The West Coast fishing industry and the California Bay Delta ecosystem were saved from the brink of disaster last week when Senator Dianne Feinstein (D-CA) dropped her amendment to override the Endangered Species Act. Such an amendment would have been a largely unprecedented action by Congress to supersede the Biological Opinions of agency biologists that protect endangered species. Instead, a diverse group of public officials and stakeholders were able to negotiate solutions to the conflict that did not override our nation's environmental laws.
Last week, the Senate passed the Jobs Bill without any amendments. But, concern continued among fisherman and conservationists who feared that the amendment would be attached to another bill. Senator Feinstein indicated that she would be open to non-legislative proposals to increase water flows to California's Central Valley and address her concerns about unemployment in the agricultural sector in some California counties. Senator Feinstein worked with federal regulators, municipalities, water users and other stakeholders to negotiate alternative solutions.
The Department of Interior, meanwhile, released their predictions on how much water California's Central Valley will receive this year and steps the United States government is taking to seek additional water supplies for drought-stricken farmers. Thankfully, the news was relatively good. Many agricultural water users will receive 100 percent of their water allocations. South of Delta Agricultural water users, who have "junior water rights," will receive at least 30 percent of their contractual federal water allocation and the Department of Interior is working to give them an additional 8-10 percent.
Interior Secretary Ken Salazar explained,
"The Interior Department and my colleagues on the Federal Bay Delta Leadership Committee will work diligently and aggressively to provide these augmented water supplies, based on the recognition that this is a one-year, stop-gap measure to reduce the pain felt by farmers on the west side of the San Joaquin Valley. Delivering these water supplies will require the cooperation of many parties, and we are pleased that other water users and stakeholders, with the active encouragement of Senator Feinstein, are stepping up to the plate to make it happen."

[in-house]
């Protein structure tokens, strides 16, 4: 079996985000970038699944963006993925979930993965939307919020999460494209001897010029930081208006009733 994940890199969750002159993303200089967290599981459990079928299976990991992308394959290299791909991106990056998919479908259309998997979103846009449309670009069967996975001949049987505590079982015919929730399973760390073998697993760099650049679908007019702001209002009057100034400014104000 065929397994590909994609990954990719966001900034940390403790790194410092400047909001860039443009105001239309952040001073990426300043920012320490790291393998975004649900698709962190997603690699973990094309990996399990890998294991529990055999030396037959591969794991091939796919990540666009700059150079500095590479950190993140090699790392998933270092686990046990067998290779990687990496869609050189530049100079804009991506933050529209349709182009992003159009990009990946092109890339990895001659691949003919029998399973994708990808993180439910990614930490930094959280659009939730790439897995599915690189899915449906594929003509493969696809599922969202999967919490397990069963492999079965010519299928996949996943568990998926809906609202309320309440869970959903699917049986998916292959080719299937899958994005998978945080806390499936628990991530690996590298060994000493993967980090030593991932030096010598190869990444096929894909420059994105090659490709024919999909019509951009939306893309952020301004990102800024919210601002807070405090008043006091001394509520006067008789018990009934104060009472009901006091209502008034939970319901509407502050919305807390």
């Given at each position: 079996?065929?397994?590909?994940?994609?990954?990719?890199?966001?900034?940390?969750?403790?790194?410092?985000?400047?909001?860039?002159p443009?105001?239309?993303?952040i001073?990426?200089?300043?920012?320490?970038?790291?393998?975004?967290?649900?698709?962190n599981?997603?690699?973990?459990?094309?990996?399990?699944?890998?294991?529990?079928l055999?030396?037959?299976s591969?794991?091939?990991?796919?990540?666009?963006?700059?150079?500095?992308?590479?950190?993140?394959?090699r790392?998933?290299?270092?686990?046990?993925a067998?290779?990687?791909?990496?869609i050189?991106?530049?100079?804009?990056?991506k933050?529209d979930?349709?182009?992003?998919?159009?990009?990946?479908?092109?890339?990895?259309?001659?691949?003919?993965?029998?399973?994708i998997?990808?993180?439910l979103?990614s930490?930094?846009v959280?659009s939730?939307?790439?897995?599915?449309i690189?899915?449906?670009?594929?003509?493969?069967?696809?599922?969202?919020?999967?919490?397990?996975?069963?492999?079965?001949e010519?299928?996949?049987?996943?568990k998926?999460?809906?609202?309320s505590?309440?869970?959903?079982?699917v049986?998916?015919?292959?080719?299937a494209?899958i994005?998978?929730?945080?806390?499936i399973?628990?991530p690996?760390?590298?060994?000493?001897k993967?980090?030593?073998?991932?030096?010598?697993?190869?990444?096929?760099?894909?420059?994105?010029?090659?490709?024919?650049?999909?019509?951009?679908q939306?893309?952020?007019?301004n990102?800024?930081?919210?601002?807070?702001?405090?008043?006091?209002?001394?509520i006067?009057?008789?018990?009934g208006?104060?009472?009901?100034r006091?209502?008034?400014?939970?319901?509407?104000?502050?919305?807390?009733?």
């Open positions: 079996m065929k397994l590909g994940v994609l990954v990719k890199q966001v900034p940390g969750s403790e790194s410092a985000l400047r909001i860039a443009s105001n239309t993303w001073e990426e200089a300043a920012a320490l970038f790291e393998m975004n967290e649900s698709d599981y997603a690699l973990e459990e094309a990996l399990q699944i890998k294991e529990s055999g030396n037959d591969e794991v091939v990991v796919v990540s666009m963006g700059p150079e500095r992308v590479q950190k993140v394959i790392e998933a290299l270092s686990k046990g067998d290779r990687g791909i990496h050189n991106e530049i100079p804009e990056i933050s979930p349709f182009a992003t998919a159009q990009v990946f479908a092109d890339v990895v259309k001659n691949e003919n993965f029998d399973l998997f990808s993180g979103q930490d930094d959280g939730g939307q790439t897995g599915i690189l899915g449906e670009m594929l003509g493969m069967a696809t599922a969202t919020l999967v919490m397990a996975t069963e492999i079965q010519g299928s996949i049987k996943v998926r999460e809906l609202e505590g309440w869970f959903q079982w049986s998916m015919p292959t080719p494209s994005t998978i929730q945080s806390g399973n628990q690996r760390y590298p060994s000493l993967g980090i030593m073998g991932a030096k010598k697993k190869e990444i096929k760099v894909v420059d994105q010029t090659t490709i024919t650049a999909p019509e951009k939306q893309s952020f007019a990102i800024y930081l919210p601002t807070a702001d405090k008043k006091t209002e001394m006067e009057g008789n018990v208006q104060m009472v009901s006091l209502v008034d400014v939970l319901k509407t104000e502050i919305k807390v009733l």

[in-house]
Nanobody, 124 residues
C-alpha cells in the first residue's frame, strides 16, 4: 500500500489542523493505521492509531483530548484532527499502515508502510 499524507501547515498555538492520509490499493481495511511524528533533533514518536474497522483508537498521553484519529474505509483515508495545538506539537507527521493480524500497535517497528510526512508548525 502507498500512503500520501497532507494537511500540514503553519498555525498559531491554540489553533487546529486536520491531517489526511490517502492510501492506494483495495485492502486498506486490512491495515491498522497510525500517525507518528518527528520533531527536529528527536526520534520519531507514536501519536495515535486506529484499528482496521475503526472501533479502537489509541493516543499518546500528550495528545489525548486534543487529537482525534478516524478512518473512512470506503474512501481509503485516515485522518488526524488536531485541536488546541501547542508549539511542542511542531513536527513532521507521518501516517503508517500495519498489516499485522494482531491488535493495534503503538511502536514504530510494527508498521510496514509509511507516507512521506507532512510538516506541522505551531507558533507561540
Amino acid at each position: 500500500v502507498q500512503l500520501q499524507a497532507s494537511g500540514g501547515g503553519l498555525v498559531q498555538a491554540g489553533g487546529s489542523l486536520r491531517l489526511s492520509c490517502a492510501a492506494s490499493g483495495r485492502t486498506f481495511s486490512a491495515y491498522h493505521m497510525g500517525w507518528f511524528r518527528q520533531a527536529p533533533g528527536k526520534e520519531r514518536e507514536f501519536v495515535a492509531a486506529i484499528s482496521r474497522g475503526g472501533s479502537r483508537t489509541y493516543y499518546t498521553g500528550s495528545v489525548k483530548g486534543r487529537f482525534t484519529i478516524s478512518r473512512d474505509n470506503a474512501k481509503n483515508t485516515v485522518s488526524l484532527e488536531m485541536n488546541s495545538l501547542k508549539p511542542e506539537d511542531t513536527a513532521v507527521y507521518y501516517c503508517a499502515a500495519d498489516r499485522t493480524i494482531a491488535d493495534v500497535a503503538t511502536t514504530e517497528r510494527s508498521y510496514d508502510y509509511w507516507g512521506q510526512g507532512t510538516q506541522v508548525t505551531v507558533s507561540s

On Friday, February 26th, Senator Feinstein released a statement welcoming news of more water for central valley farmers.
"Many discussions and meetings have been held with members of Congress, state and federal officials at several Departments, Delta interests, and representatives of farmers, fishermen, environmental groups and water contractors. It is my belief that this effort, when carried out by Interior, means that South of Delta agricultural water users can expect the equivalent of a 40 percent federal water allocation."
Senator Feinstein officially put the rider on hold, stating "I will watch this situation carefully and I am placing my proposed amendment on hold; however, I reserve the right to bring it back should it become necessary."
We appreciate the work of Interior Secretary Ken Salazar, Senator Feinstein, Senator Barbara Boxer (D-CA), Senator Jeff Merkley (D-OR), Representatives George Miller (D-CA), Mike Thompson (D-CA), Grace Napolitano (D-CA) and many others for working to find a resolution to this issue that did not undermine our nation's environmental laws.
We'll continue to work with all interested people on long-term solutions for a healthy environment on which our economy and our own health rely. Climate change is sure to bring with it continued droughts and other extreme weather events in California and across the country. The best way to protect Californians and all humans is not to destroy more habitat, but rather to conserve lands and waterways that can help buffer all of us from these extreme weather patterns.